Righting a 200 year old mistake: Armita Manafzadeh from Brown University talks with us about how her simulations of pterosaurs’ range-of-motion demonstrate that the ancient reptiles almost certainly couldn’t have flown like most paleontologists have long thought they did. Her open-access article, “ROM mapping of ligamentous constraints on avian hip mobility: implications for extinct ornithodirans” was published on May 23, 2018 with Kevin Padian in the Proceedings of the Royal Society B – Biological Science.



Websites and other resources


Press Coverage

UPIphys.org | Science Daily | Europa Press (Spanish) | Naked Science (Russian) | Eureka AlertGizmodo | Atlas Obscura | Brown University | Futurity


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Hosts / Producers

Doug Leigh & Ryan Watkins

How to Cite

Leigh, D., Watkins, R., & Manafzadeh, A.. (2018, July 24). Parsing Science – Debunking Pterosaurs Flight. figshare. https://doi.org/10.6084/m9.figshare.6855110


What’s The Angle? by Shane Ivers


Armita Manafzadeh: If what we thought to be the case was true, that would be going against the prevailing opinion for about two centuries.

Doug Leigh: This is Parsing Science. The unpublished stories behind the world’s most compelling science, as told by the researchers themselves. I’m Doug Leigh.

Ryan Watkins: And I’m Ryan Watkins. Speaking with Neil deGrasse Tyson on a recent episode of StarTalk, the famous anthropologist Jane Goodall pointed out that – unlike the bones studied by her paleontologist mentor, Louis Leakey – “behavior doesn’t fossilize.” Unfortunately for paleontologists, connective tissue rarely does either, which is a pity, since it could tell us a lot about how prehistoric animals behaved.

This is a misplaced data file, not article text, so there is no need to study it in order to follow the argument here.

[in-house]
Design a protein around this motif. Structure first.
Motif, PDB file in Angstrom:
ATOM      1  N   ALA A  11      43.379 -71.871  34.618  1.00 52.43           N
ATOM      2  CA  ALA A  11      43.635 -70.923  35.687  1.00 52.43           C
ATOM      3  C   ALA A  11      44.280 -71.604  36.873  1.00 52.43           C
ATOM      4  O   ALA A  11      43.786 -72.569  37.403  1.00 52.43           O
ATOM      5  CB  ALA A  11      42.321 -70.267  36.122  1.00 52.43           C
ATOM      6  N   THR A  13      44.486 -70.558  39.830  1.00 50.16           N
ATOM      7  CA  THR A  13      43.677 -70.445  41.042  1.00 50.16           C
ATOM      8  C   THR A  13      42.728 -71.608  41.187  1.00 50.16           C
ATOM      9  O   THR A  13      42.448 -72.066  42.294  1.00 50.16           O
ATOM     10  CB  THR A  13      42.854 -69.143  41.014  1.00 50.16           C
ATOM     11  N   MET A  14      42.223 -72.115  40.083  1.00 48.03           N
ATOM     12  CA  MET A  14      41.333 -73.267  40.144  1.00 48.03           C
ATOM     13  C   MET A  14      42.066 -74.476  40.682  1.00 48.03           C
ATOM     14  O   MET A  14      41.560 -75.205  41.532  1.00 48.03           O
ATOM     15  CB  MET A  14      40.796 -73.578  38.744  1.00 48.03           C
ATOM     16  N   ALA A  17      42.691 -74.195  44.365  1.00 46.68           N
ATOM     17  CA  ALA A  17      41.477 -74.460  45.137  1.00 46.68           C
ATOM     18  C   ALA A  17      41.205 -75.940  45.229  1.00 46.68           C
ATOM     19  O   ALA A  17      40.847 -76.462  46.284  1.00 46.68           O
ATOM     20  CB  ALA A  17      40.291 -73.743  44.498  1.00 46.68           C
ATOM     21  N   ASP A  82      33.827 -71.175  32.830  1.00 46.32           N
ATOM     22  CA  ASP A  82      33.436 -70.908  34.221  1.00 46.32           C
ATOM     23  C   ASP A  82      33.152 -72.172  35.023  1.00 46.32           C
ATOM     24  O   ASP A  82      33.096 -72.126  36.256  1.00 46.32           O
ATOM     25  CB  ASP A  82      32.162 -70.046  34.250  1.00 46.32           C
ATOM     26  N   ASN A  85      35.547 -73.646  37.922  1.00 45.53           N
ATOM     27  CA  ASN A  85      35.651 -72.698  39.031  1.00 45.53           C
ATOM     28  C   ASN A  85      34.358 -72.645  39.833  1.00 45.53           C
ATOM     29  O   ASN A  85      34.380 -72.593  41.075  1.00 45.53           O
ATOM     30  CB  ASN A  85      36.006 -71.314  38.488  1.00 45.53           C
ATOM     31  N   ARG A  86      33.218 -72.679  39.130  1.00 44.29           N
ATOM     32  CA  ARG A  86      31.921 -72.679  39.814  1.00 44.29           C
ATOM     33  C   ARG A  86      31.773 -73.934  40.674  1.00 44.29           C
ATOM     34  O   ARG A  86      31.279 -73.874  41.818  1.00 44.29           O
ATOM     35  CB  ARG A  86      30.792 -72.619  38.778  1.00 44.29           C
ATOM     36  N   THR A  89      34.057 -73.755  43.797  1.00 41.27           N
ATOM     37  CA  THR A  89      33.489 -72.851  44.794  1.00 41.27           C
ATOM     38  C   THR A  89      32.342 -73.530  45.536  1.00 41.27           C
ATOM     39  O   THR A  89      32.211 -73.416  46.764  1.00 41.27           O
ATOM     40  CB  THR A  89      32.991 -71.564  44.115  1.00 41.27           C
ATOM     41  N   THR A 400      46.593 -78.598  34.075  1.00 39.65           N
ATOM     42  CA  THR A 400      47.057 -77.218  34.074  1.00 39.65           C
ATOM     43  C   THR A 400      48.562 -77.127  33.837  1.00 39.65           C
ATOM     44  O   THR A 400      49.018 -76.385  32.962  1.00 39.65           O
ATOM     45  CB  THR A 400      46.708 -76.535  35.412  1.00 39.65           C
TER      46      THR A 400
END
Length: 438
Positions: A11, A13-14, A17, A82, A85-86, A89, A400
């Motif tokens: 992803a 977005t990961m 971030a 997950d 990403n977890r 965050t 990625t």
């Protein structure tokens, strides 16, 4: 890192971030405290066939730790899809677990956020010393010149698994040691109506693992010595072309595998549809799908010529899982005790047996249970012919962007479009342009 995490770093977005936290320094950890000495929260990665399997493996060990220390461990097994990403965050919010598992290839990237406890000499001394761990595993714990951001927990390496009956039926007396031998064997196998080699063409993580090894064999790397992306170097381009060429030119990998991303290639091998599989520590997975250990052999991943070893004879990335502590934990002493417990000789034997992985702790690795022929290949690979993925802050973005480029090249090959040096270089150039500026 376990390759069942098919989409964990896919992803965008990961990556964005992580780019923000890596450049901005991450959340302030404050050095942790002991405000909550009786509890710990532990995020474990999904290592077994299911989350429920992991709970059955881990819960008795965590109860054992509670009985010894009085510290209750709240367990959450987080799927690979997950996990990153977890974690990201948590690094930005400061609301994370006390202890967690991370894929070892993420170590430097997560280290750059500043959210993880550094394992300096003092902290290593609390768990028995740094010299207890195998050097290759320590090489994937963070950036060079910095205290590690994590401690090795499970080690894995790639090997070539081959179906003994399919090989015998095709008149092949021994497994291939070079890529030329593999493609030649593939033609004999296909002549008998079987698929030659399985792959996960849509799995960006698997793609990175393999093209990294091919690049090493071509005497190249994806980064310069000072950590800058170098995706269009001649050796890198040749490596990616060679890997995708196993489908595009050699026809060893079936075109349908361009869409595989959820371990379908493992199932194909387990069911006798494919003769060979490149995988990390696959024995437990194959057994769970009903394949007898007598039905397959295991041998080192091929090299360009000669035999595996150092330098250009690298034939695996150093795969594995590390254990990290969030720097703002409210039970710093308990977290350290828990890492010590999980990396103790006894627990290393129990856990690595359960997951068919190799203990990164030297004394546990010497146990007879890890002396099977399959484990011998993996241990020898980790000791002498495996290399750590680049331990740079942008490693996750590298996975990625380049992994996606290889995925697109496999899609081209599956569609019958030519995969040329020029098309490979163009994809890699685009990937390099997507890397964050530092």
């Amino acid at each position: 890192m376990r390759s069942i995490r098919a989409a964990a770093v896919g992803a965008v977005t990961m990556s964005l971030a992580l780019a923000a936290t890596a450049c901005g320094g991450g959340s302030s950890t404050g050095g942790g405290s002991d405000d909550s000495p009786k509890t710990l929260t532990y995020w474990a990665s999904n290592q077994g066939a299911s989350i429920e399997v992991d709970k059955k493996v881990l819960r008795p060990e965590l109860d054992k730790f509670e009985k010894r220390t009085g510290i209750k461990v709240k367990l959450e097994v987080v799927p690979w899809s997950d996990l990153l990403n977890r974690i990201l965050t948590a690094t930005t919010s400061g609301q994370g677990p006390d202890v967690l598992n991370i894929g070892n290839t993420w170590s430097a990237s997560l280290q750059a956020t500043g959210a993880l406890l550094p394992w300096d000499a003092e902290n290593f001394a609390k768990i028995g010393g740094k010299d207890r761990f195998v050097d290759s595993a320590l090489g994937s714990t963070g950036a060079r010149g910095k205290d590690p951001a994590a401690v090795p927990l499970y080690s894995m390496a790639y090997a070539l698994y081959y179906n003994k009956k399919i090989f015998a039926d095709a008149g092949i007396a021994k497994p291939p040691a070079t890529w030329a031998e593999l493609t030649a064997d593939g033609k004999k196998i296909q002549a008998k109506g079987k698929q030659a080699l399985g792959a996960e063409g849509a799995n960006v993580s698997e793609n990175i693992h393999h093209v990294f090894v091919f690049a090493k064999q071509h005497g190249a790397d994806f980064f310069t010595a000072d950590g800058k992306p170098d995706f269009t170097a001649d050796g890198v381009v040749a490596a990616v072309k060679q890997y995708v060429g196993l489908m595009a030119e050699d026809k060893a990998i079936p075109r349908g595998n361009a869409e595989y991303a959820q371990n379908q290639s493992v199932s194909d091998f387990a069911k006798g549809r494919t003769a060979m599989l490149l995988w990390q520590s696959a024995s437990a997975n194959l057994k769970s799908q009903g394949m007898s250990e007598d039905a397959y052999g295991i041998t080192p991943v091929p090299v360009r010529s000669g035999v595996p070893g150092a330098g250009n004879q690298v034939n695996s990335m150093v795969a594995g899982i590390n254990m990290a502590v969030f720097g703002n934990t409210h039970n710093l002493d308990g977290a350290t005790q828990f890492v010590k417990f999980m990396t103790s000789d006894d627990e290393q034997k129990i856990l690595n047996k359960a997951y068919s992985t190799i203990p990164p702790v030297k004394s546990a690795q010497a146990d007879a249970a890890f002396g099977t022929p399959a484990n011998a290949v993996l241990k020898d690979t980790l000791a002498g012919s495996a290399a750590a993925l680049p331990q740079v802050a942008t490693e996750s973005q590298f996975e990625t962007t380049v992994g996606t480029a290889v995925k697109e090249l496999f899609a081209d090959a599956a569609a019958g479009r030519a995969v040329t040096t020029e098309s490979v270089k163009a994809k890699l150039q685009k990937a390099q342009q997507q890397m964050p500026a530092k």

Today we’re joined by Armita Manafzadeh from Brown University. she’ll discuss how her research into modern birds joints suggests that pterosaurs almost certainly couldn’t have flown with their legs splayed out wide apart behind them as they’re typically portrayed both in popular media as well as in scientific literature.

Anita Manafzadeh: Hi my name is Armita Manafzadeh, and I am a PhD student in the Department of Ecology and Evolutionary Biology at Brown University. I did my undergraduate degree at the University of California Berkeley working with Kevin Padian who got me interested in paleontology. So, I’m coming to science from a paleontological background interested in the evolution of animals and also on how they move. Now, I’m coming to this department at Brown with a focus on morphology really trying to better understand the joints of animals and how those joints function at a biomechanical level. My ultimate goal is to be able to bring that paleontological and evolutionary perspective to this very mechanical problem and bring the two together to learn more about how animals moved and how that’s evolved over time.

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